Today, Texan High Court upheld the right of the American people to own weapons-grade Uranium at home.
“The Second Amendment is clear,” said Justice Neil Shelley. “Americans have the right to bear arms so they can protect themselves when their safety is threatened. The amendment does not in any way, shape or form specify what types of arms. It is therefore lawful for residents to own weapons-grade Uranium as a means of protection or deterrent.”
“Of course,” he added, “it may be unreasonable for a family to own a weapon that can obliterate more than, say, several city blocks. An average family of eight would likely, and hopefully, never need this kind of firepower. Still, should the need arise, a family should have access to weapons as powerful as they need.”
Wilhelm Wynacht a resident of Abilene, TX, applauded the decision too.
“This helps me sleep better at night,” he said. “Many may not know, but only several blocks from my house, there lives a man called Ahmet Hussein. I found this disturbing fact completely by chance, when I was passing near his mailbox. Without weapons-grade Uranium at home, what is to stop someone like him from strapping on a suicide vest and blowing himself up at my kids’ school?”
Asked if it’s possible that Mr Hussein may be American born and thus entitled to have access to the same stockpiles, Mr. Wynacht laughed.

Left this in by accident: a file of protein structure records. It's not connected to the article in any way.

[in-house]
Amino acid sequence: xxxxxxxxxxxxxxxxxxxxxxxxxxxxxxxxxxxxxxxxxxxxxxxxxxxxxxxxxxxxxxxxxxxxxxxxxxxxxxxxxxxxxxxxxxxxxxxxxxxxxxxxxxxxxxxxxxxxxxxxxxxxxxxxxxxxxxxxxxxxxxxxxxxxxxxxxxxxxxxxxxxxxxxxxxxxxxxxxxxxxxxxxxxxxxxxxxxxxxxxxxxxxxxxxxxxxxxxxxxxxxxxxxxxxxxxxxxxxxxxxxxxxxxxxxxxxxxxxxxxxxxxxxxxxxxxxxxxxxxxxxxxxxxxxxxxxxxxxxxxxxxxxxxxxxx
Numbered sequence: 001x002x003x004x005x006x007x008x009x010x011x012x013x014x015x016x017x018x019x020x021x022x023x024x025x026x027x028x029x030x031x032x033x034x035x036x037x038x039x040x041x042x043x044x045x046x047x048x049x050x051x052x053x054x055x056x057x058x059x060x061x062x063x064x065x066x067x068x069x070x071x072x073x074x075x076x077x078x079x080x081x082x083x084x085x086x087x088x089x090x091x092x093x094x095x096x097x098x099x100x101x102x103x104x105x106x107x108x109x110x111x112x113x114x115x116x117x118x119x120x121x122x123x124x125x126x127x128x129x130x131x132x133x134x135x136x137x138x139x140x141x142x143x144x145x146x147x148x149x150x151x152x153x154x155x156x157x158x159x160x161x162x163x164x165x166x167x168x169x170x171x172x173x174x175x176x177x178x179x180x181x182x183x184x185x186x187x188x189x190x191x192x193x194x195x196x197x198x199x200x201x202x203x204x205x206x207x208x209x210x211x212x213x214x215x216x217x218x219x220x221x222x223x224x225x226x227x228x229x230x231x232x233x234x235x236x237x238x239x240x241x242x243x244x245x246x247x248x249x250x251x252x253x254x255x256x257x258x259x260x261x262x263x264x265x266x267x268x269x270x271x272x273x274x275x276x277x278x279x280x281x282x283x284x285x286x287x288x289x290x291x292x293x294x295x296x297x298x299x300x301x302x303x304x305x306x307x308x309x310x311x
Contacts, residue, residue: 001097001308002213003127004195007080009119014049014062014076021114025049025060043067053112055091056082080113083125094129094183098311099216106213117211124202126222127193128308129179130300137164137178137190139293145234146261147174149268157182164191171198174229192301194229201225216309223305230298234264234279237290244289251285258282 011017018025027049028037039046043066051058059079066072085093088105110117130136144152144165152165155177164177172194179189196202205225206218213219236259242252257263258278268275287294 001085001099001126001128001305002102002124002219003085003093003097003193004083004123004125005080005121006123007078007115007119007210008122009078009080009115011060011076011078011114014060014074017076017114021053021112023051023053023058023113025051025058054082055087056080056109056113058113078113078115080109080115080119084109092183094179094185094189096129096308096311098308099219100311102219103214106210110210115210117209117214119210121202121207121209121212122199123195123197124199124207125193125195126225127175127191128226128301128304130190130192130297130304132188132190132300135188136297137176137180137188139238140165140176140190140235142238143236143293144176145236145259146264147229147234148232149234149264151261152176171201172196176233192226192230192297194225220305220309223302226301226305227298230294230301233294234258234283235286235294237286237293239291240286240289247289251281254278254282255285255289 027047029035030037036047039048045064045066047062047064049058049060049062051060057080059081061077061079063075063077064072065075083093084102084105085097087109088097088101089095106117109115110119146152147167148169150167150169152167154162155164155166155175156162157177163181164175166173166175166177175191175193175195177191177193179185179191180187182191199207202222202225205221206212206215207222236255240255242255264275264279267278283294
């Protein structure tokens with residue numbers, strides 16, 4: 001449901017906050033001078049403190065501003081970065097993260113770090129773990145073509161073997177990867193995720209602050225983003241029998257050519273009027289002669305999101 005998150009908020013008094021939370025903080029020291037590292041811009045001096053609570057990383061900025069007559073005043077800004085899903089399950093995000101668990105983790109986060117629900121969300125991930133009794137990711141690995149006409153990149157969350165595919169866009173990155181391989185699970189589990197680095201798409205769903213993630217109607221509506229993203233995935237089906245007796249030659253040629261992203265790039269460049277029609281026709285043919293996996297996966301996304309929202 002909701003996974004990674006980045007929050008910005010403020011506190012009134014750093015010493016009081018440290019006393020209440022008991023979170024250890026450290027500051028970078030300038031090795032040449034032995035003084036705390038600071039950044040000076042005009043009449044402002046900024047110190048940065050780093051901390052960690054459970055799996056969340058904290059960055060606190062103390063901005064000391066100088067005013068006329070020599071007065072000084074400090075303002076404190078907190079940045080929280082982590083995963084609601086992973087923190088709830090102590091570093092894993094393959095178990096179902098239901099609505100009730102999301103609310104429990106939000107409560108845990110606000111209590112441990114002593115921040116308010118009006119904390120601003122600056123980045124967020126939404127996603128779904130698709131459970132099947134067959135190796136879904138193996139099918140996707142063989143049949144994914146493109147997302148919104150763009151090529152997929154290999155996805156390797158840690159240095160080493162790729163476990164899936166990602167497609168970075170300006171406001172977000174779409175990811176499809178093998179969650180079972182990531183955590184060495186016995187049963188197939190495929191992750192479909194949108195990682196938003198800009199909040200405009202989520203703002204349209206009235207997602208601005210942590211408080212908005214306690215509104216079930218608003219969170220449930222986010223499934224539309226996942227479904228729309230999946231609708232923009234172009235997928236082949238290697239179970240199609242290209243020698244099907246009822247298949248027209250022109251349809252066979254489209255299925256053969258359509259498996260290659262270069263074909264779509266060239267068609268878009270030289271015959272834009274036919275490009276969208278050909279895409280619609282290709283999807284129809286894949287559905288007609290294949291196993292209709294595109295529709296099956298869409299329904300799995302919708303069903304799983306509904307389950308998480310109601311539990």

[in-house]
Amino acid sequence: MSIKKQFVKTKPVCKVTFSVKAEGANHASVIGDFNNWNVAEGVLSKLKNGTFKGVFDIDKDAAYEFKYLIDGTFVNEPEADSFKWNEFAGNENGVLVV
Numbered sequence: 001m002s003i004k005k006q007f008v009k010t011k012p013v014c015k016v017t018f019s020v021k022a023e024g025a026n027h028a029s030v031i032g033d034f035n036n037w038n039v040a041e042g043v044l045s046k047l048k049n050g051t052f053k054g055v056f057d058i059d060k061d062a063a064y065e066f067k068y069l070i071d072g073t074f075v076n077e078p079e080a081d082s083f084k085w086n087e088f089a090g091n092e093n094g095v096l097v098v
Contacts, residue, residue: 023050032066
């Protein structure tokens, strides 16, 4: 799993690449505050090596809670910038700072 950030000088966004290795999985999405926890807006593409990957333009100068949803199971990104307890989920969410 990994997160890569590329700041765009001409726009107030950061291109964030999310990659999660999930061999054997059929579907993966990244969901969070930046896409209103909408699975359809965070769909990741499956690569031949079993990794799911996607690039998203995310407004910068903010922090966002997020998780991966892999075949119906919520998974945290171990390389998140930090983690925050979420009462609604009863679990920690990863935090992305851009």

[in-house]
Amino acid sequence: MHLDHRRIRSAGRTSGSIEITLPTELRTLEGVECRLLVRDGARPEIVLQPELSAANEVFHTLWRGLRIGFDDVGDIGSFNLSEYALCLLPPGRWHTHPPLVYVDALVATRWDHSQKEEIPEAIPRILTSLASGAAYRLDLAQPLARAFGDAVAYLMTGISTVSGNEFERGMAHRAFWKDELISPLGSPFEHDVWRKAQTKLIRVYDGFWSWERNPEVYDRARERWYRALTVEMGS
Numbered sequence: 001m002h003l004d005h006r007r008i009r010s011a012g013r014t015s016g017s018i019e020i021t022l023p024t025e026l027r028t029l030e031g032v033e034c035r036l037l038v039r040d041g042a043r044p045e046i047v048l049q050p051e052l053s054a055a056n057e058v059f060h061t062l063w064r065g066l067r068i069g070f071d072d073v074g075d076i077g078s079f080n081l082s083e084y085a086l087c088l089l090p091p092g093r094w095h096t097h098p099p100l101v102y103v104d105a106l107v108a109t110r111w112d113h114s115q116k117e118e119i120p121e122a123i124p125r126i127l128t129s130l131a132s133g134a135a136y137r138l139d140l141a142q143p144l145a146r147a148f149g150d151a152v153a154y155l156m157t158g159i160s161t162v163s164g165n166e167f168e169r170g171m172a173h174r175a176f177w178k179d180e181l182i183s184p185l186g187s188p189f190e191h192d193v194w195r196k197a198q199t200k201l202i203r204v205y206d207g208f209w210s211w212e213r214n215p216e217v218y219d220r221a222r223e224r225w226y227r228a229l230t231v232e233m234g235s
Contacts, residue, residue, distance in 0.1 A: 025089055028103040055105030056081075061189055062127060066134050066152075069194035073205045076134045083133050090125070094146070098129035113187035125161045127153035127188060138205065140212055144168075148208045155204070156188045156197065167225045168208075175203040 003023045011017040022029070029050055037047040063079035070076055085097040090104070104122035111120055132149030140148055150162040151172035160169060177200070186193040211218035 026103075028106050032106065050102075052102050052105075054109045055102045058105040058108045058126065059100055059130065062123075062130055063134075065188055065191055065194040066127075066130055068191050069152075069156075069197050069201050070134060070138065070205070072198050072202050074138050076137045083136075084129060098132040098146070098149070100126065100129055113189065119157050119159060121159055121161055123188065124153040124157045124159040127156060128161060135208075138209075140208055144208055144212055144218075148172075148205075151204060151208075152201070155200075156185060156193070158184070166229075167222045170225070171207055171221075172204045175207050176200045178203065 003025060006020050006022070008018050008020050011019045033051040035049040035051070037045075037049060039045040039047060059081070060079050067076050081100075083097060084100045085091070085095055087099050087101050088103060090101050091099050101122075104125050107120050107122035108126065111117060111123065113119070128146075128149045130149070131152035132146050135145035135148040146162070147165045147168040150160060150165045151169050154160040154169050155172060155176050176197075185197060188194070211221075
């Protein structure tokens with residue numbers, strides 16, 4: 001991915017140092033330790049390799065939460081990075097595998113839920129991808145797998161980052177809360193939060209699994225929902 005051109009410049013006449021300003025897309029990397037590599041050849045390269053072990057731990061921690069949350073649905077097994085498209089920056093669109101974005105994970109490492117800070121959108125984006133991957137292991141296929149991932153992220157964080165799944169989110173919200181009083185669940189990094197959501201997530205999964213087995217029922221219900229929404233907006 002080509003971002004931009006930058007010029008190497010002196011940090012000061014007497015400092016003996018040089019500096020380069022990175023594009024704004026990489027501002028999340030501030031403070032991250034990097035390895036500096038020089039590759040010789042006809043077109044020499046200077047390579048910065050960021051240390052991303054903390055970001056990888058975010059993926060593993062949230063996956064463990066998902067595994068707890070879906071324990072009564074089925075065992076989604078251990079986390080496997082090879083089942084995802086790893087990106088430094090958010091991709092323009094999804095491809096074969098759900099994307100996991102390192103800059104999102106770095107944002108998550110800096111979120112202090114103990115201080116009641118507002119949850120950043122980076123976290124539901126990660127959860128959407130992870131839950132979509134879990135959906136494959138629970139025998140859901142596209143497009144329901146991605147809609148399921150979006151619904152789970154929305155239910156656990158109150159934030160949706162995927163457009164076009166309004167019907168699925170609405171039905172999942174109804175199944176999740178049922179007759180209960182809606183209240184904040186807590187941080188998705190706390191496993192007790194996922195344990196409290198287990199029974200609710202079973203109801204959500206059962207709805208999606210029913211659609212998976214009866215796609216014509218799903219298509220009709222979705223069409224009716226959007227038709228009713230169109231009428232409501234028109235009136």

“You are joking, right? What American would name his child Ahmet?”
His neighbors Adolph and Greta Hettler, both fifth generation Americans, nodded in agreement.
Glen Ashburn, a private investor in the American weapons industry also chimed in. “This is a decisive victory for Democracy,” he said. “It clears the way for families to purchase Uranium enrichment centrifuges for their basements and back yards, a freedom that many have fought hard to earn. Of course, there will be flexible payment plans.”
Asked why other countries are not allowed the same freedoms, Glen explained in simple terms. “Freedom is a prerogative only of civilized nations. They, alone, have the privilege of having decent, law-abiding citizens. You can’t give a weapon to someone who might use it to cause harm.”
Anti-gun advocacy groups have expressed concern that the new law may result in higher risk of accidental or even deliberate deaths due to detonations of make-shift nuclear devices or radiation exposure.
“Well, of course, risks exist, just as with anything else,” said an unidentified Government official, who insisted on remaining anonymous due to pending litigation for bribery and corruption. “You sell someone a pencil, and they could stick it in their eye. Where will we end up if we stop selling pencils to our people? Or, for that matter, if we stop selling?”
He declined to comment on an unrelated question involving a large deposit of money into an offshore account, since, technically, for tax purposes, he is not obligated to report it.
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